Add Context with an Image Run

As photographers we are always looking for ‘the shot’ when we capture images of birds. Sometimes the action that happened just before, or just after ‘the shot’… can help define it. Often we can add context by showing an image run. This can be important when doing a presentation at a camera club or discussing photographs with associates. Let’s start by looking at a single photograph taken part way through an image run.

NOTE: Click on images to enlarge.

Olympus OM-D E-M1X + M.Zuiko PRO 40-150 mm f/2.8 plus M.Zuiko MC-20 teleconverter @ 300 mm, efov 600 mm, f/8, 1/2500, ISO-1600, Pro Capture H, subject distance 4.1 metres

If you’re like me, you may find that the photograph above is visually appealing. The chickadee has an attractive wing position, and its eye is clearly visible. It almost feels like a ‘peek-a-boo’ moment.

I didn’t bother showing other images from this particular run as they didn’t add context. A bird crouched on a branch and launching forward doesn’t need a lot of visual explanation. In this case the context comes from explaining the original purpose of capturing the image above.

This photograph is the result of some testing I was doing earlier today with the Pro Capture H mode on my Olympus OM-D E-M1X. My objective was to find out if Pro Capture H could help a photographer capture a useable image when a subject bird was buried in behind some branches in a tree or bush.  My assessment was that Pro Capture H can be a viable option to consider in these types of shooting conditions. Especially if there is a clear flight path available to the bird.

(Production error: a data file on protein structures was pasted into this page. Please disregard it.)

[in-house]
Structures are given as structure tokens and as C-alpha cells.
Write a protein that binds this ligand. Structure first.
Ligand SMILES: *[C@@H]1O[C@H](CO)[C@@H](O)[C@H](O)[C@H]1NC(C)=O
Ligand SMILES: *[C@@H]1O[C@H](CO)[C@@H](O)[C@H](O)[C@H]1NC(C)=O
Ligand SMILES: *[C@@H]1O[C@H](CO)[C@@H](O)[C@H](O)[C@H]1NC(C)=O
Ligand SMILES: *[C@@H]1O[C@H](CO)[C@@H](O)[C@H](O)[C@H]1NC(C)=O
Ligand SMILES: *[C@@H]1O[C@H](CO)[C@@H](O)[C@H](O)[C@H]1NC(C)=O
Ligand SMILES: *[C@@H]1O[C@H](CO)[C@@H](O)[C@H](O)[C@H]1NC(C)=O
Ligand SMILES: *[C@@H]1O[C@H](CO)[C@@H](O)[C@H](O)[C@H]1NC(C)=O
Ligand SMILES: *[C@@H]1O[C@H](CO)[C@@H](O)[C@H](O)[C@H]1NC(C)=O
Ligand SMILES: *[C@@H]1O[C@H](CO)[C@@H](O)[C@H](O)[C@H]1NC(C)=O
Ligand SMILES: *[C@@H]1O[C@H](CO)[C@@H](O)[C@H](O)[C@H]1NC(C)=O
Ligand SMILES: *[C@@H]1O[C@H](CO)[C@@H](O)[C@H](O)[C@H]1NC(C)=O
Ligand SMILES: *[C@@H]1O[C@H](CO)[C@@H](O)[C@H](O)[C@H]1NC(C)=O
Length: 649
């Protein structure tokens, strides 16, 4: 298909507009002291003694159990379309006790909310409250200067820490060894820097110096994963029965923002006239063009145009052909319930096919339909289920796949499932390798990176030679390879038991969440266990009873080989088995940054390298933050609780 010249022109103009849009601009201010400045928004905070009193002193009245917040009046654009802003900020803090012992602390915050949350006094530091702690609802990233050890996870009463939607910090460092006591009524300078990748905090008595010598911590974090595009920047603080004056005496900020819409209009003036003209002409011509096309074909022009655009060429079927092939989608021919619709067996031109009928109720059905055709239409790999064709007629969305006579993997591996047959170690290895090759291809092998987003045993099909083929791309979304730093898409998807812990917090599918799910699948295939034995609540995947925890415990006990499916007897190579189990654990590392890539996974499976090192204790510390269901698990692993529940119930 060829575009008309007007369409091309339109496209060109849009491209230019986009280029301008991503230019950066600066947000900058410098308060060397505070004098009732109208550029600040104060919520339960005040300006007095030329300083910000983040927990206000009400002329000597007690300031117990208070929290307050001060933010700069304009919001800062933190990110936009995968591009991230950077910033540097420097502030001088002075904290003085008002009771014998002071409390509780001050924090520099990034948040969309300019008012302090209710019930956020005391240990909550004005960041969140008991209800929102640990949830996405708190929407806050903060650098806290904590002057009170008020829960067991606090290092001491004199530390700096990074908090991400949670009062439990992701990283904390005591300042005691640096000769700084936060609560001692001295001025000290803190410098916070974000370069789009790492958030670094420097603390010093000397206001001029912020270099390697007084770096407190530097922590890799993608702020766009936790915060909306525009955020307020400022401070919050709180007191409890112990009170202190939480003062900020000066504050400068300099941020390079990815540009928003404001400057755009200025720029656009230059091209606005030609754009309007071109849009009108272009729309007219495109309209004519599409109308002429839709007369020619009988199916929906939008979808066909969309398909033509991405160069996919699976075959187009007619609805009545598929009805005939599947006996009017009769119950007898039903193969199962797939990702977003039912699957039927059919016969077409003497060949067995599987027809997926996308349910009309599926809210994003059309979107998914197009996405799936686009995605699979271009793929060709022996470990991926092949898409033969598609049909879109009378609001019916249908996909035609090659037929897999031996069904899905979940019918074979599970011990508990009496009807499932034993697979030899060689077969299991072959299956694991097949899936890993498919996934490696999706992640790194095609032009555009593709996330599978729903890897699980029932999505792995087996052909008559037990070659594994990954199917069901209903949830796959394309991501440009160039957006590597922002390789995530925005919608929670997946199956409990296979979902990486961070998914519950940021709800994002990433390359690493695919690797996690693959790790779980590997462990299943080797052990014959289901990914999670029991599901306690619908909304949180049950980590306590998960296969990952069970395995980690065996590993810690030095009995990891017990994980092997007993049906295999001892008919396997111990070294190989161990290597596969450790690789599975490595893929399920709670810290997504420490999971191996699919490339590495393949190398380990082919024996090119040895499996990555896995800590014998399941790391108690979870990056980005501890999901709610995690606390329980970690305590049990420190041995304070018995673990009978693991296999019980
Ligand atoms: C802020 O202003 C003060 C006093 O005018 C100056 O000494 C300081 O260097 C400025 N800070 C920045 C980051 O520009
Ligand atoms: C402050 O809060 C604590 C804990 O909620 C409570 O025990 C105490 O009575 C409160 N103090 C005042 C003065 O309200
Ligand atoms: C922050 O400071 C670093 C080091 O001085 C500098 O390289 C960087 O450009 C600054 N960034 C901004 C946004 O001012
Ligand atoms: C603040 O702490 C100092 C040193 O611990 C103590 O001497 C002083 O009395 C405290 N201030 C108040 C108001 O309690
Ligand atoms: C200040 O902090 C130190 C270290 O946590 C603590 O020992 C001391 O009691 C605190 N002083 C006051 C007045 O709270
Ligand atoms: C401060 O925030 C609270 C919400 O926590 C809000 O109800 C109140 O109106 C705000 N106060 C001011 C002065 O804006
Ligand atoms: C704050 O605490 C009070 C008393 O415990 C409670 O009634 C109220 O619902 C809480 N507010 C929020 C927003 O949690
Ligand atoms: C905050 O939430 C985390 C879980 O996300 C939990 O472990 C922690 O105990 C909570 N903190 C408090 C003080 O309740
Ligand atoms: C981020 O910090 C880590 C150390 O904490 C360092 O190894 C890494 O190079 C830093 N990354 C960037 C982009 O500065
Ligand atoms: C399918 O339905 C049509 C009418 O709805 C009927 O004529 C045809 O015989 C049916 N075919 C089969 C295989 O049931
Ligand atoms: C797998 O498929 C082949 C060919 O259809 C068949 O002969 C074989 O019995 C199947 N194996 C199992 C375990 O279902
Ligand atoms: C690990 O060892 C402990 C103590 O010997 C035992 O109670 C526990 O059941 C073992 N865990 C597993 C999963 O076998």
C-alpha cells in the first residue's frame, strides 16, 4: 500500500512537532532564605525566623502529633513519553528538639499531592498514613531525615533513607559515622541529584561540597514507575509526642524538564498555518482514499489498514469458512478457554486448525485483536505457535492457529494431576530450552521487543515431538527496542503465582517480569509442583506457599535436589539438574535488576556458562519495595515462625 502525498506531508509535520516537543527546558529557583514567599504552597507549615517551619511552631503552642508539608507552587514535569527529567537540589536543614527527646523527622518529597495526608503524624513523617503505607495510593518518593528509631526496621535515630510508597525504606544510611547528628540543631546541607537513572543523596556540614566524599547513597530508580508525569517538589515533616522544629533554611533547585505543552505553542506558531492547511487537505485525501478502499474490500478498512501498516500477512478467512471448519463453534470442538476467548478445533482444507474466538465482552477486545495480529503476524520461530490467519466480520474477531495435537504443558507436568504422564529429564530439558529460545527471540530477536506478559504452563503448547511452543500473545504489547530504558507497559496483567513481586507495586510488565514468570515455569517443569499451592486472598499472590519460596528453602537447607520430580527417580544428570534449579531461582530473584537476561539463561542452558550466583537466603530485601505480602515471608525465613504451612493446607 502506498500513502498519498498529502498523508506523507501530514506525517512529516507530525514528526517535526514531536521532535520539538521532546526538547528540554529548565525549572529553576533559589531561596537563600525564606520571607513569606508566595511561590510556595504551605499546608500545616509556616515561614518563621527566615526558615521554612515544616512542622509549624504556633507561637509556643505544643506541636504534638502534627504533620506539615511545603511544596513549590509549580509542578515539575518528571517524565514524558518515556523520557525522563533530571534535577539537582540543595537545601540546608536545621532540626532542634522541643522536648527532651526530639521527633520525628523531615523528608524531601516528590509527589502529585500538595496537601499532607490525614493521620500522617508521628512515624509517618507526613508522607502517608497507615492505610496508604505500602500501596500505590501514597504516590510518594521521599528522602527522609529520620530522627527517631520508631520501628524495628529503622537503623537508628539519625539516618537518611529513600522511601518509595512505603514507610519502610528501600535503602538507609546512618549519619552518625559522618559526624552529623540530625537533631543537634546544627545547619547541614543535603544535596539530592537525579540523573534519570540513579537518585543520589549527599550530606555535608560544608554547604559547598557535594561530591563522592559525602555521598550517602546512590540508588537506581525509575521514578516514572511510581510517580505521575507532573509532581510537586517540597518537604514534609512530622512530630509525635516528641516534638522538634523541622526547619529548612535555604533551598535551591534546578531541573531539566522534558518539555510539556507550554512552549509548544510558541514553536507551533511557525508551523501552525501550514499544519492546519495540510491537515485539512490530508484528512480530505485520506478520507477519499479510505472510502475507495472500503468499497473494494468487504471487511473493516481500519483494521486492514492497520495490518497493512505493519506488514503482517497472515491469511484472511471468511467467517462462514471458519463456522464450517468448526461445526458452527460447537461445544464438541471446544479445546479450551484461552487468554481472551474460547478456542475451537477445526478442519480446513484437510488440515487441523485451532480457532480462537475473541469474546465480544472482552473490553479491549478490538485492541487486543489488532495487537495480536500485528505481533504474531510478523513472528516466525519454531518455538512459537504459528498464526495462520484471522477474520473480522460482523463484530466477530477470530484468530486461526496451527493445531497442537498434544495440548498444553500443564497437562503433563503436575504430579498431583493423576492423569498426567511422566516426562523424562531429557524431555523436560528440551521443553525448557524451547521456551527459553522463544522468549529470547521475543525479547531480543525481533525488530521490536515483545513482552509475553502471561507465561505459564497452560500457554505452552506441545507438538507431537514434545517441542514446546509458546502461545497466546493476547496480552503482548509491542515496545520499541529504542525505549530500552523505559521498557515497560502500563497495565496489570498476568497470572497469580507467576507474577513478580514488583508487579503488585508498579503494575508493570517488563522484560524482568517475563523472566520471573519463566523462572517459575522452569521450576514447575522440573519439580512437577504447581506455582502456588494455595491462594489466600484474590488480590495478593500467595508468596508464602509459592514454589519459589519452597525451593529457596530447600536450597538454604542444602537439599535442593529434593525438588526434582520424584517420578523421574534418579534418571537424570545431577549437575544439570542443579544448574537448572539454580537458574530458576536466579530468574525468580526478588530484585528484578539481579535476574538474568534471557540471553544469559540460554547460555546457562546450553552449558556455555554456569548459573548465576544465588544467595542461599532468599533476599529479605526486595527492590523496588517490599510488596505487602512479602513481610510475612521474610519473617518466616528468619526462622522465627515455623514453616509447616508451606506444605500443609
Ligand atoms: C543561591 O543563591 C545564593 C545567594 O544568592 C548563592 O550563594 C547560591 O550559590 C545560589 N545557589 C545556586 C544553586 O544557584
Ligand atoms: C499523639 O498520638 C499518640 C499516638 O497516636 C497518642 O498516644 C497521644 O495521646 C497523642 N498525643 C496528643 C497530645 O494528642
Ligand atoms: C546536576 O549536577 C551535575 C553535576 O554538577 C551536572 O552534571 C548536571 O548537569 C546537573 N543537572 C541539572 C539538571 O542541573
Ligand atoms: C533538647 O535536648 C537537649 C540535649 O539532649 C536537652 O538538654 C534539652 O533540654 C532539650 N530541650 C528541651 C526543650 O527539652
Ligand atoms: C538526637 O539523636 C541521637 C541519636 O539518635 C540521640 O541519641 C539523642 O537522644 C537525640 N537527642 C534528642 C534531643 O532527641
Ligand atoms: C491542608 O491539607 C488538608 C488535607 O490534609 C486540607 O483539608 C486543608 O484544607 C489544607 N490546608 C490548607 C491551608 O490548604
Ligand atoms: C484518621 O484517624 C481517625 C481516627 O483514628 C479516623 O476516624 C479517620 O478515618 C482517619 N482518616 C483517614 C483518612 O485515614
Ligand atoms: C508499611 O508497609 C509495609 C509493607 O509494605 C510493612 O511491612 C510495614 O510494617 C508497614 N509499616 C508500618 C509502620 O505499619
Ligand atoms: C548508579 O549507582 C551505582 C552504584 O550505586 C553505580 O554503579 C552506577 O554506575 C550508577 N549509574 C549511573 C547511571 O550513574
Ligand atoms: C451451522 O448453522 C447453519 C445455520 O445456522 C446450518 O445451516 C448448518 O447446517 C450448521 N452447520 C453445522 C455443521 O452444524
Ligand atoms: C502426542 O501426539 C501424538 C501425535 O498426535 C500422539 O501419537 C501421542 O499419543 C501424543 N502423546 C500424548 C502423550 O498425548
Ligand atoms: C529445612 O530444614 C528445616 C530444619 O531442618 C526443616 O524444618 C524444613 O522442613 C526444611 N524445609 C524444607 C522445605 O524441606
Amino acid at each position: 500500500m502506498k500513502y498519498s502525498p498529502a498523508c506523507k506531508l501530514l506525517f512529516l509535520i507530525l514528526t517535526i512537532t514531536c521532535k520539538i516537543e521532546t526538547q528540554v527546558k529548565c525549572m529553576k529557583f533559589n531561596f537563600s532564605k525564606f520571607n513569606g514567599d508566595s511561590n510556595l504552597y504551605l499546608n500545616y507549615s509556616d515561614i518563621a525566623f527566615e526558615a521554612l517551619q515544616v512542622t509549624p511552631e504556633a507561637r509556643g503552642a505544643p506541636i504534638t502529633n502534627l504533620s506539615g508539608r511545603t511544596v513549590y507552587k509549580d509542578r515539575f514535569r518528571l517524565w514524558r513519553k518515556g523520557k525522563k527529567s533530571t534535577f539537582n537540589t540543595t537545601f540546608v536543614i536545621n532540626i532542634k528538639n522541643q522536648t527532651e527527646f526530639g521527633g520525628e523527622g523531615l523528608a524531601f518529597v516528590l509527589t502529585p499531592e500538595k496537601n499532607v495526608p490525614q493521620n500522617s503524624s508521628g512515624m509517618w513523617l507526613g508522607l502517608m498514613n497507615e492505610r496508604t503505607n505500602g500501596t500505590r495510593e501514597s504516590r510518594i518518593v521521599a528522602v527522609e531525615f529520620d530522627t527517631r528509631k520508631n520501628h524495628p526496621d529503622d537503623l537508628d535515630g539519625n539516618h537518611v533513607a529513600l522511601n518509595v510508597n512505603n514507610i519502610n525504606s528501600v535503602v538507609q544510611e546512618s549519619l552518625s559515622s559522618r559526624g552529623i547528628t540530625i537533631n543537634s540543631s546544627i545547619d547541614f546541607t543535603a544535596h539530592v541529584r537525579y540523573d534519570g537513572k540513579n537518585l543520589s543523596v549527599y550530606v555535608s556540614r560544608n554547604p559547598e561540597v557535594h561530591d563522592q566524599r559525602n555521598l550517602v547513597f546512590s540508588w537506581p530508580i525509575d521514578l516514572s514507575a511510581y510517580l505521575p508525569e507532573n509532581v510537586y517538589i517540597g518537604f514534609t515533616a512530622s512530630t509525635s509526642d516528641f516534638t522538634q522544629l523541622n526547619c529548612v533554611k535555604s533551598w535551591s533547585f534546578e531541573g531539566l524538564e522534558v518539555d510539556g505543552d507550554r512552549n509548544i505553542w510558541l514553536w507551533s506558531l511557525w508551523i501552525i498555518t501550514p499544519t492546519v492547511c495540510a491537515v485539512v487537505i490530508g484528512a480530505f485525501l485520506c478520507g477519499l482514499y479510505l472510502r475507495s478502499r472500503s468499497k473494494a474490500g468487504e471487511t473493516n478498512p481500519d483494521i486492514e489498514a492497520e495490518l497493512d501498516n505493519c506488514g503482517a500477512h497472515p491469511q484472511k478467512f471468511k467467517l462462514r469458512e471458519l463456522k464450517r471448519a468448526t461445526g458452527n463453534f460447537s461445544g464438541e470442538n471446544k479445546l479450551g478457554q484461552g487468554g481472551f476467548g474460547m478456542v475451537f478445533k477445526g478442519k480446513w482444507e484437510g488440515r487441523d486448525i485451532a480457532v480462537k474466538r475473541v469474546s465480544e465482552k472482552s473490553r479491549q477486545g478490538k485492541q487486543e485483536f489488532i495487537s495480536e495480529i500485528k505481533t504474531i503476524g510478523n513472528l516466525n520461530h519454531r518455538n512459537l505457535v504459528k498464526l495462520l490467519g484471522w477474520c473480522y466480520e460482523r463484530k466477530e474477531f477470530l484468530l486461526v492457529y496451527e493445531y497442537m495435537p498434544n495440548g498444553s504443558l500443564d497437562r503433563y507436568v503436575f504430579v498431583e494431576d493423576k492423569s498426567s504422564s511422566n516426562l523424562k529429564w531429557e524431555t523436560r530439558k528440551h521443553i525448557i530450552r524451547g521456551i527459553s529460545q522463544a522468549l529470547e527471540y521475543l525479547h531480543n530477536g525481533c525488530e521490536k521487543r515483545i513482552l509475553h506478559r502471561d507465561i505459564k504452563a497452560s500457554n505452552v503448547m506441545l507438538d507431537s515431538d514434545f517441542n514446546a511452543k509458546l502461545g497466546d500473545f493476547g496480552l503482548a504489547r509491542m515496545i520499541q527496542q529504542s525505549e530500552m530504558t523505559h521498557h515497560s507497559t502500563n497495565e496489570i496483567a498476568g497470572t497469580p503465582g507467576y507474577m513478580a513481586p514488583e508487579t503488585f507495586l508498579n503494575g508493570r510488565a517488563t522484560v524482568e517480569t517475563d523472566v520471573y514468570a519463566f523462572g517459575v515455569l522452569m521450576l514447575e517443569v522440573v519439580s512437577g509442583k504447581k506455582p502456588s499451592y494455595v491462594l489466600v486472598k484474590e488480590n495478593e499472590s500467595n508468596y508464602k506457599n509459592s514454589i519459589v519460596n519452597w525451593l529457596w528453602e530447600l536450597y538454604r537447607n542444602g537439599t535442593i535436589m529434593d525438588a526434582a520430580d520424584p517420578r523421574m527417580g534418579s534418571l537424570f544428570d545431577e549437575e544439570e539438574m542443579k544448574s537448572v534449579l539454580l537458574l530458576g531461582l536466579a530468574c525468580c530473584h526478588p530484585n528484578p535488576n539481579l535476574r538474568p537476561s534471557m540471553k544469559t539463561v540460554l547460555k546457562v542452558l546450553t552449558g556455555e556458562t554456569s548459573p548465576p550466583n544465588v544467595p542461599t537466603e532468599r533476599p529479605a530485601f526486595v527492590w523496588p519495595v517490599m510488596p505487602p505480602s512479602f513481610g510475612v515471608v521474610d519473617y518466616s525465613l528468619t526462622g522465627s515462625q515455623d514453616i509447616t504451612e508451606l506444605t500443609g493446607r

Now, let’s have a look at a different situation where we can add context with an image run. First… our feature photograph. It was captured mid-stream in the Pro Capture H run…

Olympus OM-D E-M1X + M.Zuiko PRO 40-150 mm f/2.8 plus M.Zuiko MC-20 teleconverter @ 300 mm, efov 600 mm, f/8, 1/2500, ISO-1600, Pro Capture H, subject distance 4.1 metres

I like the chickadee’s wing position in our feature photograph. It has one leg raised which creates an expectation of future action. The bird’s gaze is locked on something behind it. This adds some intensity to the scene. Without seeing other photographs from the image run we can’t be sure of the bird’s intent.

One assumption that we can make is that the chickadee has seen something behind it… and it is flying away in fear. But… is this really the case? Let’s look at the entire series of seven photographs in the  Pro Capture H image run.

Olympus OM-D E-M1X + M.Zuiko PRO 40-150 mm f/2.8 plus M.Zuiko MC-20 teleconverter @ 300 mm, efov 600 mm, f/8, 1/2500, ISO-1600, Pro Capture H, subject distance 4.1 metres
Olympus OM-D E-M1X + M.Zuiko PRO 40-150 mm f/2.8 plus M.Zuiko MC-20 teleconverter @ 300 mm, efov 600 mm, f/8, 1/2500, ISO-1600, Pro Capture H, subject distance 4.1 metres
Olympus OM-D E-M1X + M.Zuiko PRO 40-150 mm f/2.8 plus M.Zuiko MC-20 teleconverter @ 300 mm, efov 600 mm, f/8, 1/2500, ISO-1600, Pro Capture H, subject distance 4.1 metres